“The most influential thing we were able to do was host a group from the Greenbuild International Conference and Expo when it was held in San Francisco in 2012. We hosted a VIP kickoff event that included scores of designers, architects, and other green builders looking for ideas and concepts they could borrow for other projects around the world.”

Living room_Photo Blake Marvin

Paul and Linda avoided natural gas and all oil-based products, so you won’t find any paints or varnishes in the house. Photo credit: Blake Marvin


For each group, Paul and Linda walk people through the green elements of the house in such a way that helps visitors learn how to incorporate the same ideas in their own projects.

The home is entirely free of fossil fuels, so all mechanical systems are electric. The ground-source heat pumps provide an efficient way to heat the home without electricity. Twenty-seven kilowatts of solar energy power the house and two electric cars; Paul and Linda expect this source to power up to five electric cars when their three children start driving.

As for building materials, they were careful to use only wood, stone, glass, and metal. They avoided natural gas and all oil-based products, so you won’t find any paints or varnishes in the house.

With the exception of a few trees, they removed all non-native flora from the property, replacing the existing grass with native varieties that don’t require as much water — a decision that has been validated by California’s ongoing water shortage. With the closed-loop recycled water system all water gets treated and reused on site.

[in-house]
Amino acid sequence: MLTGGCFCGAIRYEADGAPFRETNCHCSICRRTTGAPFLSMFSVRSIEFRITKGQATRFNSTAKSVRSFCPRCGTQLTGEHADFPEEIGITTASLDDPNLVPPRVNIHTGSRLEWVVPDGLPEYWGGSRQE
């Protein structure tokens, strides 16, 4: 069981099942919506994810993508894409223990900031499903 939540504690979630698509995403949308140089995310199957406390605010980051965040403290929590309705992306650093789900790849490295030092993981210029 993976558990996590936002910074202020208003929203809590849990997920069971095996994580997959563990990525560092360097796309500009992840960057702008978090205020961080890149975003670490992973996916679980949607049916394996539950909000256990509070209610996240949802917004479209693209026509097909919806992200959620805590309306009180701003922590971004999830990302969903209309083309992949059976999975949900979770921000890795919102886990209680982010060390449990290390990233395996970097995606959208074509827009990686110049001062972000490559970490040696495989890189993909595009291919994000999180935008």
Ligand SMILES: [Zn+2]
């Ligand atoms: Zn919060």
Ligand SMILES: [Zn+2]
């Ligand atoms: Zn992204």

In addition to favoring native grasses, they conducted studies to restore other native plant species and improve wildlife habitats. (The house’s name, Tah.Mah.Lah, is the word for mountain lion used by the native Ohlone people who once inhabited the Portola Valley area in California.)

Open walls_Erin Scholl

In addition to favoring native grasses, Paul and Linda conducted studies to restore other native plant species and improve wildlife habitats. Photo credit: Erin Scholl


As the house’s website states, Paul and Linda wanted Tah.Mah.Lah. to be a “proving ground for many innovations in the construction process itself.” As for next steps, they want to continue to do outreach and be a part of the curriculum that educates on green building. Judging from the hundreds of visitors and the green builders who seek them out for advice, it’s apparent that their project is having a positive effect on the burgeoning green building movement.

For Earth Day 2015 we asked Paul to highlight some steps we can all take to live a greener lifestyle – whether you’re a green builder or an everyday citizen looking to be more conscientious.

Do things that are irreversible. Implement energy systems that use ground-source and solar. Once you get accustomed to not using less efficient sources of energy (e.g. oil-based) you’ll never feel the need to go back. You get hooked on 100% renewable lifestyle.